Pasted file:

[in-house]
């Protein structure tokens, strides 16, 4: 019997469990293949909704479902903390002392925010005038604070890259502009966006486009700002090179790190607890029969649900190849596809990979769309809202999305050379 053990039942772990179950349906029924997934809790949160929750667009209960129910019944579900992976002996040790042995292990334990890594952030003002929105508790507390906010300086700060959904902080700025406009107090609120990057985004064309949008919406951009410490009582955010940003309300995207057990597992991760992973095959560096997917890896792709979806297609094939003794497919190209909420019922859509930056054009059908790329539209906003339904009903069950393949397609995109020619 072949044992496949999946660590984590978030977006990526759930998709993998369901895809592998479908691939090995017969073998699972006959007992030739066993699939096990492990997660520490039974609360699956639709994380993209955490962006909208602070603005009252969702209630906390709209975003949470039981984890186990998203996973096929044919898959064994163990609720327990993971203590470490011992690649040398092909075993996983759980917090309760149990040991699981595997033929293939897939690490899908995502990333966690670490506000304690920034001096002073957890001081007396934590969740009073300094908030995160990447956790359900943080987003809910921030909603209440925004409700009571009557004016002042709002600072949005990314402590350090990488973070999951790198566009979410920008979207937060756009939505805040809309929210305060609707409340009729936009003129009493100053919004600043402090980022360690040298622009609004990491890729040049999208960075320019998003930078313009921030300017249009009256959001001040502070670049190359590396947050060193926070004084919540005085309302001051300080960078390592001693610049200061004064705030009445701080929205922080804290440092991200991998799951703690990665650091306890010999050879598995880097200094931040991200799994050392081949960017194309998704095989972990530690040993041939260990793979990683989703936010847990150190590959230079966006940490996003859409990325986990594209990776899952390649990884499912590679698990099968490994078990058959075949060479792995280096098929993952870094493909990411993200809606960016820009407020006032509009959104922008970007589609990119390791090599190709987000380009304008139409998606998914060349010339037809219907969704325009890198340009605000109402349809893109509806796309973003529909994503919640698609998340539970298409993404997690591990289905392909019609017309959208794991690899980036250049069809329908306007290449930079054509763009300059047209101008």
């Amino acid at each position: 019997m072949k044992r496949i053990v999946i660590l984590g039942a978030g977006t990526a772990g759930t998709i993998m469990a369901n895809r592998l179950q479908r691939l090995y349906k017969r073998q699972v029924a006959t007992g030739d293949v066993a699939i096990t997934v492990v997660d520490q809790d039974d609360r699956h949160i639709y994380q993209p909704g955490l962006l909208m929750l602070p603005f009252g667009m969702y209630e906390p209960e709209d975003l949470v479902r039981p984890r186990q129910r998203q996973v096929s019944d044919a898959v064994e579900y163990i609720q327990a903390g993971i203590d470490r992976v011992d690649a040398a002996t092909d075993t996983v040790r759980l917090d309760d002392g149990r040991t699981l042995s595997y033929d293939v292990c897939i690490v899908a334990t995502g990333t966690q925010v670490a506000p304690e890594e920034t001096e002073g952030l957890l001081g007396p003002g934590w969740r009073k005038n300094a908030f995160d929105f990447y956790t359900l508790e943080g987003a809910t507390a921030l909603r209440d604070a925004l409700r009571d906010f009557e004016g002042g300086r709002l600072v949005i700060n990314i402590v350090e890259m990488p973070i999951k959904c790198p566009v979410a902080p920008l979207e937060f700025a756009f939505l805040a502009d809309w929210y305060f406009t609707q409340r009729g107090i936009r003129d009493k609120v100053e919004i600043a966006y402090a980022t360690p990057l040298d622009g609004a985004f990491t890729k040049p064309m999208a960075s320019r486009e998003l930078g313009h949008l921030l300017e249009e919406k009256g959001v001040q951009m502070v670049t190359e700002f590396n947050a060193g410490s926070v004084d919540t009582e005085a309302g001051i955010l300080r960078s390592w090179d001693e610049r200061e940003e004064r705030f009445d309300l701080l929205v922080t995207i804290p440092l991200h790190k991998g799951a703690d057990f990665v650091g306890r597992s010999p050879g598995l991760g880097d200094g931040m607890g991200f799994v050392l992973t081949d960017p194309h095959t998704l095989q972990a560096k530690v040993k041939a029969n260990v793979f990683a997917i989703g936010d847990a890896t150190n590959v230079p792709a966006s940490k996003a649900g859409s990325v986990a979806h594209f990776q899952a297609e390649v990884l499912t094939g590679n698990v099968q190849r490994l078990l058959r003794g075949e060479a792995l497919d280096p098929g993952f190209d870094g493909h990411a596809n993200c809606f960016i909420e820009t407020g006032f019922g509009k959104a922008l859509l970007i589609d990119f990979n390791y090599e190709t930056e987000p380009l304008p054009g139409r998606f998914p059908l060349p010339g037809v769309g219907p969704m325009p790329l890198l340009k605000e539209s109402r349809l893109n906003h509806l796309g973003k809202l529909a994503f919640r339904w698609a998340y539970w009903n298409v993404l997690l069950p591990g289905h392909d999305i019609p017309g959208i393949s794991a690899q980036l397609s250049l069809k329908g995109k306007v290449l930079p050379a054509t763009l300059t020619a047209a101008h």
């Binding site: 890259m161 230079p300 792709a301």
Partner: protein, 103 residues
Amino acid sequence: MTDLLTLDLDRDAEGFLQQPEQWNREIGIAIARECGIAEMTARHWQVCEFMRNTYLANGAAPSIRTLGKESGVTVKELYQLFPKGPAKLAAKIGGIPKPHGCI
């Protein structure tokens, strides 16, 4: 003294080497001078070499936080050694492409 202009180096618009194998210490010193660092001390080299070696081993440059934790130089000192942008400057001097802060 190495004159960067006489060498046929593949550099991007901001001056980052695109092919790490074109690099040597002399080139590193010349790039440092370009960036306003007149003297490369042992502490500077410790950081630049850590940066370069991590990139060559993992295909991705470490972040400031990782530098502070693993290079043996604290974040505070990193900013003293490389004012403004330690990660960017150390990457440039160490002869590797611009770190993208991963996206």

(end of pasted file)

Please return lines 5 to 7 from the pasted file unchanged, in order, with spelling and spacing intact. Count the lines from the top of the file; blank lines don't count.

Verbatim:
Partner: protein, 103 residues
Amino acid sequence: MTDLLTLDLDRDAEGFLQQPEQWNREIGIAIARECGIAEMTARHWQVCEFMRNTYLANGAAPSIRTLGKESGVTVKELYQLFPKGPAKLAAKIGGIPKPHGCI
């Protein structure tokens, strides 16, 4: 003294080497001078070499936080050694492409 202009180096618009194998210490010193660092001390080299070696081993440059934790130089000192942008400057001097802060 190495004159960067006489060498046929593949550099991007901001001056980052695109092919790490074109690099040597002399080139590193010349790039440092370009960036306003007149003297490369042992502490500077410790950081630049850590940066370069991590990139060559993992295909991705470490972040400031990782530098502070693993290079043996604290974040505070990193900013003293490389004012403004330690990660960017150390990457440039160490002869590797611009770190993208991963996206």